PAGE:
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Trump vowed to consult Abe before any attack on N. Korea: sources

U.S. President Donald Trump promised Japanese Prime Minister
Shinzo Abe in telephone talks earlier this month to consult with
Japan before taking action -- including military action -- against
North Korea, bilateral diplomatic sources said Wednesday.

Trump also indicated to Abe that the United States will tighten
sanctions on Chinese firms doing business with North Korea if China
does not cooperate in addressing the threat presented by Pyongyang's
nuclear and missile development programs, the sources said.

That suggests Trump is prepared to get actively involved in
inhibiting further provocation by Pyongyang, while giving
consideration to the U.S. alliance with Japan, which has grave
concerns about the risks a U.S. attack on North Korea could pose.

In telephone conversations on April 6 and 9, the leaders agreed
that North Korea's nuclear tests and repeated ballistic missile
launches present a grave security threat and affirmed that they will
work with each other and with South Korea on the matter.

Abe said he "highly appreciates" Trump's assertion that all
options are "on the table" in dealing with North Korea. The Trump
administration has suggested this includes military action.

According to the sources, Trump showed Abe that he understands
the risks Japan would face from a crisis occurring on the nearby
Korean Peninsula.

While telling Abe that the United States stands with its ally
Japan "100 percent," Trump signaled his intention to consult with
Japan before taking action on North Korea, the sources said.

The sources also said the president sought Abe's agreement with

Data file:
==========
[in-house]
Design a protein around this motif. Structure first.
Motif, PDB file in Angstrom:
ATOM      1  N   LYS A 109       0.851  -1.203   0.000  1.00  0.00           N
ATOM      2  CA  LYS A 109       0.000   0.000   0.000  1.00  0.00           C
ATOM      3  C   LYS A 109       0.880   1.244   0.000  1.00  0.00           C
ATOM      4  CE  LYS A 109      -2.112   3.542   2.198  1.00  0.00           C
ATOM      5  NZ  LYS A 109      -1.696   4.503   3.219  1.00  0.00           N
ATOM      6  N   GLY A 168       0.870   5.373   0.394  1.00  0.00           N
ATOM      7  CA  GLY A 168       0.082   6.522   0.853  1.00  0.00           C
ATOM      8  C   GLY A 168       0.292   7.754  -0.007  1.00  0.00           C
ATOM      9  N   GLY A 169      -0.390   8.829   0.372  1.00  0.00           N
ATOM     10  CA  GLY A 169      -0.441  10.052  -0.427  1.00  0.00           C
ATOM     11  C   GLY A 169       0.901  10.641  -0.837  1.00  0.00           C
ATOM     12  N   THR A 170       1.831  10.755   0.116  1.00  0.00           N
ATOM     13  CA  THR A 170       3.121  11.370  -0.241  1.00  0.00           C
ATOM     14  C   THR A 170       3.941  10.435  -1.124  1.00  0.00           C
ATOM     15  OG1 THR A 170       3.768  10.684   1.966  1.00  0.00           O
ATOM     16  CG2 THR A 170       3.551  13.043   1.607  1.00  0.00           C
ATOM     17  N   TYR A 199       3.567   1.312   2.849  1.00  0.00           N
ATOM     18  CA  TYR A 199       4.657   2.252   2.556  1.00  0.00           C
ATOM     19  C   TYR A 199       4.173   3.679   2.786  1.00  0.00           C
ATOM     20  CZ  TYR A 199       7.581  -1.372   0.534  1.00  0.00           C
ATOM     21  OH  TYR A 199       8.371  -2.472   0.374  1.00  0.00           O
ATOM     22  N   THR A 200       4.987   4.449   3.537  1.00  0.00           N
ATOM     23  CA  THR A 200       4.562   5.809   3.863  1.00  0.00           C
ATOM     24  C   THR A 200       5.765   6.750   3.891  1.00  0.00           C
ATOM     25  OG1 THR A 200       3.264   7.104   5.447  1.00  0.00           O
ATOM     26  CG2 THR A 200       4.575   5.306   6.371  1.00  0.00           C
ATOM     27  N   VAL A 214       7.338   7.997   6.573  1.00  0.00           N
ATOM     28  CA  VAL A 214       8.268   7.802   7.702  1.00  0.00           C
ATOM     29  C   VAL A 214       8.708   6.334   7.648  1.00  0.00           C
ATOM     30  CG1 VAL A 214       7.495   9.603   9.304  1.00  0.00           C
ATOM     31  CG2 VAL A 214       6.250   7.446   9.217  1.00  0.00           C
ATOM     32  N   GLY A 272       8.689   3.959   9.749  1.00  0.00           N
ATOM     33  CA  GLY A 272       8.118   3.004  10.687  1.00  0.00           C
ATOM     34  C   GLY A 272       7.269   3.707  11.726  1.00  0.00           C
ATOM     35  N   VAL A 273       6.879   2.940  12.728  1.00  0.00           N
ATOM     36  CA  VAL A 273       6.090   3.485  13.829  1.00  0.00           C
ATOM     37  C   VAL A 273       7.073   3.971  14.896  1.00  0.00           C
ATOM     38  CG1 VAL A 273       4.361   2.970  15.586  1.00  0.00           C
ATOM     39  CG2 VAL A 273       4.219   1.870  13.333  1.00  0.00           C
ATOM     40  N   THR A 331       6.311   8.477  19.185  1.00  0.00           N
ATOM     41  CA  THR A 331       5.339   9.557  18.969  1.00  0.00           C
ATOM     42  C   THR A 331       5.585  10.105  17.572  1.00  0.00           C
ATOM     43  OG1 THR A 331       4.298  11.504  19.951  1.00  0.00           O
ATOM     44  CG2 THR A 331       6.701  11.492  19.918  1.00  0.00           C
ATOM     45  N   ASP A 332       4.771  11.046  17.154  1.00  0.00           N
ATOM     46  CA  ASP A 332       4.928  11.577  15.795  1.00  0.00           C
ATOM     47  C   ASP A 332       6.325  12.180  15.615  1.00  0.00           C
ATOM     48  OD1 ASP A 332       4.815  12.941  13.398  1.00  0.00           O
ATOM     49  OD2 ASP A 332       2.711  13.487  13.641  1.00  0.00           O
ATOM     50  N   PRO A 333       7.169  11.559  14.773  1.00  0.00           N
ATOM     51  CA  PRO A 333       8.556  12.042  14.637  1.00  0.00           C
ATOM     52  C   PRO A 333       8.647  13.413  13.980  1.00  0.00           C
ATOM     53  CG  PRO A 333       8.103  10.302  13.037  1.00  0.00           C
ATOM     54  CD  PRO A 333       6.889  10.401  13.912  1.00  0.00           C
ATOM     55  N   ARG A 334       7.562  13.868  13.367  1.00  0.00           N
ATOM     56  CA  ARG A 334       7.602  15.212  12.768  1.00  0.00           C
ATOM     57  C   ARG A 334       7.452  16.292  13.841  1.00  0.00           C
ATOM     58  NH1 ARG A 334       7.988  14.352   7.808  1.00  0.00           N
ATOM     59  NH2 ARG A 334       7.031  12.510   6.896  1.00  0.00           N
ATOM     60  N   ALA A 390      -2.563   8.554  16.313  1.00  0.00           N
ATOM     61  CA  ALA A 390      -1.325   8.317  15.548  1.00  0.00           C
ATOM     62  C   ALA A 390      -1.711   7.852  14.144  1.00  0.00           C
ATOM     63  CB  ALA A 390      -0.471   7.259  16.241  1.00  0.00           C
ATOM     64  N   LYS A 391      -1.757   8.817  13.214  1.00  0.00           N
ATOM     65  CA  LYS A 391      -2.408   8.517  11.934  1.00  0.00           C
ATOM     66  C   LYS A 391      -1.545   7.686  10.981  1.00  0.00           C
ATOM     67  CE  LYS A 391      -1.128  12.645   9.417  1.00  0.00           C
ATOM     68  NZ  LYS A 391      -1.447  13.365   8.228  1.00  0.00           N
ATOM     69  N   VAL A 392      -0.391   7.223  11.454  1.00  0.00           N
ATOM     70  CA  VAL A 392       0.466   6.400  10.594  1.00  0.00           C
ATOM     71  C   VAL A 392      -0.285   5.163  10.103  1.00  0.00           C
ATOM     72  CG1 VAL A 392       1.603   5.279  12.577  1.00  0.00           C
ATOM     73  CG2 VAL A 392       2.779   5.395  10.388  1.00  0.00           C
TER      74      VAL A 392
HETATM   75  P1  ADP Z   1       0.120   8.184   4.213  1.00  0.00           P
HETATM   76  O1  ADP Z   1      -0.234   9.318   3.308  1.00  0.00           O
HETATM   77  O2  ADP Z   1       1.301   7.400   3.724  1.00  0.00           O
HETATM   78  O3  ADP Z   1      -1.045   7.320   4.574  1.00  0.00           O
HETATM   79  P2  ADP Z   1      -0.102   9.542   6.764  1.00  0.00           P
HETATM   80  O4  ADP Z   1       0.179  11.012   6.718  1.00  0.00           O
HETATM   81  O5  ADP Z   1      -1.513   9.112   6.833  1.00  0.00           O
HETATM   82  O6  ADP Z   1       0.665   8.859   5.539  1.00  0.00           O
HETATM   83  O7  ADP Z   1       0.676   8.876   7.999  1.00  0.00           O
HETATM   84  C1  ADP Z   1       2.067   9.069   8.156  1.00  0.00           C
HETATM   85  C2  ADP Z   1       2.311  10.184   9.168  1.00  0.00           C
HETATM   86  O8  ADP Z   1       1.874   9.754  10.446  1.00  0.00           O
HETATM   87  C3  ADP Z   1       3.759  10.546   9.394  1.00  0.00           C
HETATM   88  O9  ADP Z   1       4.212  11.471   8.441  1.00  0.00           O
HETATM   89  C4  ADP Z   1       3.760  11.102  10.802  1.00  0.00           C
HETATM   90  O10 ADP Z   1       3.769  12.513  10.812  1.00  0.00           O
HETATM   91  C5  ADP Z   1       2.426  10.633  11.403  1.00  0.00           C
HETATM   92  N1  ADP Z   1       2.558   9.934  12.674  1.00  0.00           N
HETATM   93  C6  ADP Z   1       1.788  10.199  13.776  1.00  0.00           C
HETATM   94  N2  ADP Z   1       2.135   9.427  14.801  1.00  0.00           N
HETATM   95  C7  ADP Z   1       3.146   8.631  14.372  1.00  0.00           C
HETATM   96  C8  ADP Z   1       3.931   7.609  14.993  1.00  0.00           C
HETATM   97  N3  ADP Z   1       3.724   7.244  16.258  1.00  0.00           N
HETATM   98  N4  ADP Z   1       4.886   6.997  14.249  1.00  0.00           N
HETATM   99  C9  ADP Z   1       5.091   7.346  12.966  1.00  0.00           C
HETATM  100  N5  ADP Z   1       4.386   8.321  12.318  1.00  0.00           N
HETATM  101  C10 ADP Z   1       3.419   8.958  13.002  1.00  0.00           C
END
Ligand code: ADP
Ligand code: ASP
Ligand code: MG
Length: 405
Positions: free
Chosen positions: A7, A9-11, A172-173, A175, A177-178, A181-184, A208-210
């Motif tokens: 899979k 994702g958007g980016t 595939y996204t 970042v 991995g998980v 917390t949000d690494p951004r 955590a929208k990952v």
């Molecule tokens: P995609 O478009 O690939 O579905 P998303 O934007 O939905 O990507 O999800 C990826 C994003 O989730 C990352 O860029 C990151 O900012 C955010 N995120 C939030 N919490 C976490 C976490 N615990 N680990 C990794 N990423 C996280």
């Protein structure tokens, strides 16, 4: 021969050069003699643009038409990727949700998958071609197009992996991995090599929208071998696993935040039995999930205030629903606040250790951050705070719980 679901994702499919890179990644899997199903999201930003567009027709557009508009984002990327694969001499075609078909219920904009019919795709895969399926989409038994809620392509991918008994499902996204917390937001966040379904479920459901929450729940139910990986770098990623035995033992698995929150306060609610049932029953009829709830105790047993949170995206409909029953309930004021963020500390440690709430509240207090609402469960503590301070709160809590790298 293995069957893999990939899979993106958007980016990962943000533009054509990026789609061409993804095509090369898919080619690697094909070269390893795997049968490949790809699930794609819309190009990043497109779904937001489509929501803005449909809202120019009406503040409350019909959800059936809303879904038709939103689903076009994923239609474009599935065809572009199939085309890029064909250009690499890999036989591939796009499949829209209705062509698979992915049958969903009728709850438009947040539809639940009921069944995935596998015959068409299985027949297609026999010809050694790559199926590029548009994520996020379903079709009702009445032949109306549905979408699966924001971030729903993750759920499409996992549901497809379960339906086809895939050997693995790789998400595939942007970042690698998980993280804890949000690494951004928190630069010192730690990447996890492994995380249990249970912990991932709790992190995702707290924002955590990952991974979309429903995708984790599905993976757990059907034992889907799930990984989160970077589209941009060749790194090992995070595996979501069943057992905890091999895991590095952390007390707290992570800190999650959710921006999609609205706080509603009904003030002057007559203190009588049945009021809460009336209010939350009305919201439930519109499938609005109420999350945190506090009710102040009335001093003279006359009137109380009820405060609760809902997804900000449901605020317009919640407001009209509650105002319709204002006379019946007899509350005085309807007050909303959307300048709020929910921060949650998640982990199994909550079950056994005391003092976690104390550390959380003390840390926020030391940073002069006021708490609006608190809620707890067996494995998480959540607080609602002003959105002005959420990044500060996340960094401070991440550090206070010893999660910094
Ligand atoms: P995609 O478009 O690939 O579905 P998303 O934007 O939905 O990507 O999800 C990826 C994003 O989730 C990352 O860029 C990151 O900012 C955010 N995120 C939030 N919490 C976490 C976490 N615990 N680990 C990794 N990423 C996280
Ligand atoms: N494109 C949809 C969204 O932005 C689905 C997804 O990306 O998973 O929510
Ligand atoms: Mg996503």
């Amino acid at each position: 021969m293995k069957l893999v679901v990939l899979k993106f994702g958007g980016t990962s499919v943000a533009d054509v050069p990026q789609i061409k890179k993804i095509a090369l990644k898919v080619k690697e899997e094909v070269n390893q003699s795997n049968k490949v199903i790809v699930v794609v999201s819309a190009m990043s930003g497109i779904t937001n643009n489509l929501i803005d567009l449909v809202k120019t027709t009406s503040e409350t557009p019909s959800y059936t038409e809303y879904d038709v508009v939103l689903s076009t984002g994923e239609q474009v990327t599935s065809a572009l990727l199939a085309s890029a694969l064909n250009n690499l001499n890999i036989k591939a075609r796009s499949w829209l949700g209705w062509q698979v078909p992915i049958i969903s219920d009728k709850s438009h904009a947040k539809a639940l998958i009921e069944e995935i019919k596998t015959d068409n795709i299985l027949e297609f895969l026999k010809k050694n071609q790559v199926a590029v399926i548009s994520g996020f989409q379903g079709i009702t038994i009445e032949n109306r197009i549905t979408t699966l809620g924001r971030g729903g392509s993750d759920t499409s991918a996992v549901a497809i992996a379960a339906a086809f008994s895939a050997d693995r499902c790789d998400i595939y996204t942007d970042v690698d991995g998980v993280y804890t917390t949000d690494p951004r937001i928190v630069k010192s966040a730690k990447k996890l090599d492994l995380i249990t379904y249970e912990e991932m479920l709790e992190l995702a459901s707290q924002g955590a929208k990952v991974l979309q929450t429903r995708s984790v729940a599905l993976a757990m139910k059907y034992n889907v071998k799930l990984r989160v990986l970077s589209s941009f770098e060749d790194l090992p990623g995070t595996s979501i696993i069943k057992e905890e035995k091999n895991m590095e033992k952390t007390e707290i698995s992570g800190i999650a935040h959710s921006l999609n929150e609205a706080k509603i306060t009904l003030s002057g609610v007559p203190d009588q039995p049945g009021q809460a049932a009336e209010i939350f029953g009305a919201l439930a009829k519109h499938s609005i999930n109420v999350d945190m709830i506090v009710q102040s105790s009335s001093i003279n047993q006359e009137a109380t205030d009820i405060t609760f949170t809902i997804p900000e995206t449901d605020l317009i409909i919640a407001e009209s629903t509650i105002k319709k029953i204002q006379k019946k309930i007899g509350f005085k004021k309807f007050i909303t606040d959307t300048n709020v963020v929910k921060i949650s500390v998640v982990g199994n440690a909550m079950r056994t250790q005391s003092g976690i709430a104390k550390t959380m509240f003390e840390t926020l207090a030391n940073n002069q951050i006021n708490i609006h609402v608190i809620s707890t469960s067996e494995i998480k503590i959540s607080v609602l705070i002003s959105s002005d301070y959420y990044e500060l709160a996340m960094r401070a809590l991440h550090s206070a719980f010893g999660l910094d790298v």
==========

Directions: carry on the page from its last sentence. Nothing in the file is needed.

the Trump administration's security and diplomacy doctrine of "peace
through strength" -- an about-turn from the "strategic patience"
approach of his predecessor Barack Obama in dealing with North Korea.

Ahead of the discussions, the Japanese government had requested
that the United States talk with Japan on a working level before
mounting any attack on North Korea, out of a concern that retaliation
by North Korea could directly affect Japan's safety.

The leaders also confirmed the necessity of urging China to get
more involved in dealing with North Korea, the sources said.

After his summit last week with Chinese President Xi Jinping,
Trump shared with Abe that he had told the Chinese leader that
Washington has not ruled out taking unilateral action if there are
not concrete moves toward North Korea's denuclearization, the sources
said.

According to the sources, Trump also said the United States has
prepared fresh economic sanctions on North Korea, including asset
freezes and stronger sanctions on Chinese firms that do financial
transactions with the country. (April 13)



Japanese Prime Minister Shinzo Abe (C in front) poses with U.S. Senator Pat Roberts (2nd from L in front) and other U.S. lawmakers at the prime minister's office in Tokyo on April 11, 2017, as the U.S. bipartisan group visits him.